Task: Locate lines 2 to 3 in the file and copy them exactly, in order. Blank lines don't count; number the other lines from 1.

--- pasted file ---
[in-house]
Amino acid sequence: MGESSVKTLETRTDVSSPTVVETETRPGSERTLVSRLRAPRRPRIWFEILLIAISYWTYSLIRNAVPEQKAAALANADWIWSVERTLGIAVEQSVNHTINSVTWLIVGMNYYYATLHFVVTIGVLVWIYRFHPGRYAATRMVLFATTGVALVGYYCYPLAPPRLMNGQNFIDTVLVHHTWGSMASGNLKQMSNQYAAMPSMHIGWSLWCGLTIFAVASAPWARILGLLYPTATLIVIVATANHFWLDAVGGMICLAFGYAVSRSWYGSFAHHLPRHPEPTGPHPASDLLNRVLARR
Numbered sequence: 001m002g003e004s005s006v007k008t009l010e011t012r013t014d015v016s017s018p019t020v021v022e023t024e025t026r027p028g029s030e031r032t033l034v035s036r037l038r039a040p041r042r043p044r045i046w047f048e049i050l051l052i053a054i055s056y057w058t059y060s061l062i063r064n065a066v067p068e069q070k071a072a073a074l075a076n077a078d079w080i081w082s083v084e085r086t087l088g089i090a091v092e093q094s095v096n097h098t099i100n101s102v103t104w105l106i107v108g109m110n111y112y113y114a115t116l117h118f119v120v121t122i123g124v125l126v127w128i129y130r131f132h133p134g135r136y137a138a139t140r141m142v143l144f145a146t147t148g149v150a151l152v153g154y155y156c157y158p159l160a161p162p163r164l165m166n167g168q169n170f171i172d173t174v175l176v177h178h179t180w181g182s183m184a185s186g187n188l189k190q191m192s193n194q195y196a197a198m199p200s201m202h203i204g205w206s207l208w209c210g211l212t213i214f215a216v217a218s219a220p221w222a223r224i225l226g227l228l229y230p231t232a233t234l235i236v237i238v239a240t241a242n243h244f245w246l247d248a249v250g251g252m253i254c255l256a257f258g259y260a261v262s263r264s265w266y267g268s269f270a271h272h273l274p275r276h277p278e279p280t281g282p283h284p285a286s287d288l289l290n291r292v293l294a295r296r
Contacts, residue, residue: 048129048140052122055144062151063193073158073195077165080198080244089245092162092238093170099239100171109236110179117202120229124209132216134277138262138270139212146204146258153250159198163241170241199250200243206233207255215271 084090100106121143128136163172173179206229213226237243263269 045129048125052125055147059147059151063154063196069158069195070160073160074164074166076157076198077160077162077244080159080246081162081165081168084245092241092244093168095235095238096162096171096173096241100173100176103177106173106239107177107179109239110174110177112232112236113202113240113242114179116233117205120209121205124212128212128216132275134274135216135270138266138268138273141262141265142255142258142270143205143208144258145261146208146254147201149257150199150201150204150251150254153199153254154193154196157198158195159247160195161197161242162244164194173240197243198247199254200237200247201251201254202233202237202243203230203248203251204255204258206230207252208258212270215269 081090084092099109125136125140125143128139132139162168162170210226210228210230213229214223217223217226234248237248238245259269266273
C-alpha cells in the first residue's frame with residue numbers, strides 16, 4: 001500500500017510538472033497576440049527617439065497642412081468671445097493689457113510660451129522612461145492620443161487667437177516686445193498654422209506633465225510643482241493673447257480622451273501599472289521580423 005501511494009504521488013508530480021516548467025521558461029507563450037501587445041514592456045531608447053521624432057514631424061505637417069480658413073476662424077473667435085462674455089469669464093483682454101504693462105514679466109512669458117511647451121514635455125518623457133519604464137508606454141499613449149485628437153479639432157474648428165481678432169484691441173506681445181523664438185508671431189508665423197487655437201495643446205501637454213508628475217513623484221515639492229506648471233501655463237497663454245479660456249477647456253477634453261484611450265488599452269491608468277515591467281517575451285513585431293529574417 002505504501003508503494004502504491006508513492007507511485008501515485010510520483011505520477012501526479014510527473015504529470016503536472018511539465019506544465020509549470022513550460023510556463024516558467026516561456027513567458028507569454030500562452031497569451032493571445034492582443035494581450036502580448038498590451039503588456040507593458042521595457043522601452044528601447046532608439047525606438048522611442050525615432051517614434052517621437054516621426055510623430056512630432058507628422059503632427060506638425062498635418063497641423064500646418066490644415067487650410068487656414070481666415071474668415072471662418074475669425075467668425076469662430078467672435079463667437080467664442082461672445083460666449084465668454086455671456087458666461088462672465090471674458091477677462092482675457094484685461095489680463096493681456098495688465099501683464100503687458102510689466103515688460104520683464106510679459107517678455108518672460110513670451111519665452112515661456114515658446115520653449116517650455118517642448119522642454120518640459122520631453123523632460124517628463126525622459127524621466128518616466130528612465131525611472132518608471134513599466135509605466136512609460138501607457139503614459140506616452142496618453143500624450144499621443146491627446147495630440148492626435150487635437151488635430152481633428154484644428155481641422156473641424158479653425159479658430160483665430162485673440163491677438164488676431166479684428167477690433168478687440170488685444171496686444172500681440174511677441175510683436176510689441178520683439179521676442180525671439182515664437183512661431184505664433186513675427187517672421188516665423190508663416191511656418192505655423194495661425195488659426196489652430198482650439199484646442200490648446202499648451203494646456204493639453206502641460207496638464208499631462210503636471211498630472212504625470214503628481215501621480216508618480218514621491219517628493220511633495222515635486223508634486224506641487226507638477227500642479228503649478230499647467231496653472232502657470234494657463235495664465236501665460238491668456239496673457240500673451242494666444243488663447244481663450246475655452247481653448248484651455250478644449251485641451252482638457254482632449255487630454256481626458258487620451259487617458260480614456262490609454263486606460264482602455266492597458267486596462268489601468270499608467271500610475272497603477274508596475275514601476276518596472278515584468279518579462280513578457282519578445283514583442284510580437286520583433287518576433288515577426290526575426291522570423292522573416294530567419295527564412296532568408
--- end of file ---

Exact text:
Amino acid sequence: MGESSVKTLETRTDVSSPTVVETETRPGSERTLVSRLRAPRRPRIWFEILLIAISYWTYSLIRNAVPEQKAAALANADWIWSVERTLGIAVEQSVNHTINSVTWLIVGMNYYYATLHFVVTIGVLVWIYRFHPGRYAATRMVLFATTGVALVGYYCYPLAPPRLMNGQNFIDTVLVHHTWGSMASGNLKQMSNQYAAMPSMHIGWSLWCGLTIFAVASAPWARILGLLYPTATLIVIVATANHFWLDAVGGMICLAFGYAVSRSWYGSFAHHLPRHPEPTGPHPASDLLNRVLARR
Numbered sequence: 001m002g003e004s005s006v007k008t009l010e011t012r013t014d015v016s017s018p019t020v021v022e023t024e025t026r027p028g029s030e031r032t033l034v035s036r037l038r039a040p041r042r043p044r045i046w047f048e049i050l051l052i053a054i055s056y057w058t059y060s061l062i063r064n065a066v067p068e069q070k071a072a073a074l075a076n077a078d079w080i081w082s083v084e085r086t087l088g089i090a091v092e093q094s095v096n097h098t099i100n101s102v103t104w105l106i107v108g109m110n111y112y113y114a115t116l117h118f119v120v121t122i123g124v125l126v127w128i129y130r131f132h133p134g135r136y137a138a139t140r141m142v143l144f145a146t147t148g149v150a151l152v153g154y155y156c157y158p159l160a161p162p163r164l165m166n167g168q169n170f171i172d173t174v175l176v177h178h179t180w181g182s183m184a185s186g187n188l189k190q191m192s193n194q195y196a197a198m199p200s201m202h203i204g205w206s207l208w209c210g211l212t213i214f215a216v217a218s219a220p221w222a223r224i225l226g227l228l229y230p231t232a233t234l235i236v237i238v239a240t241a242n243h244f245w246l247d248a249v250g251g252m253i254c255l256a257f258g259y260a261v262s263r264s265w266y267g268s269f270a271h272h273l274p275r276h277p278e279p280t281g282p283h284p285a286s287d288l289l290n291r292v293l294a295r296r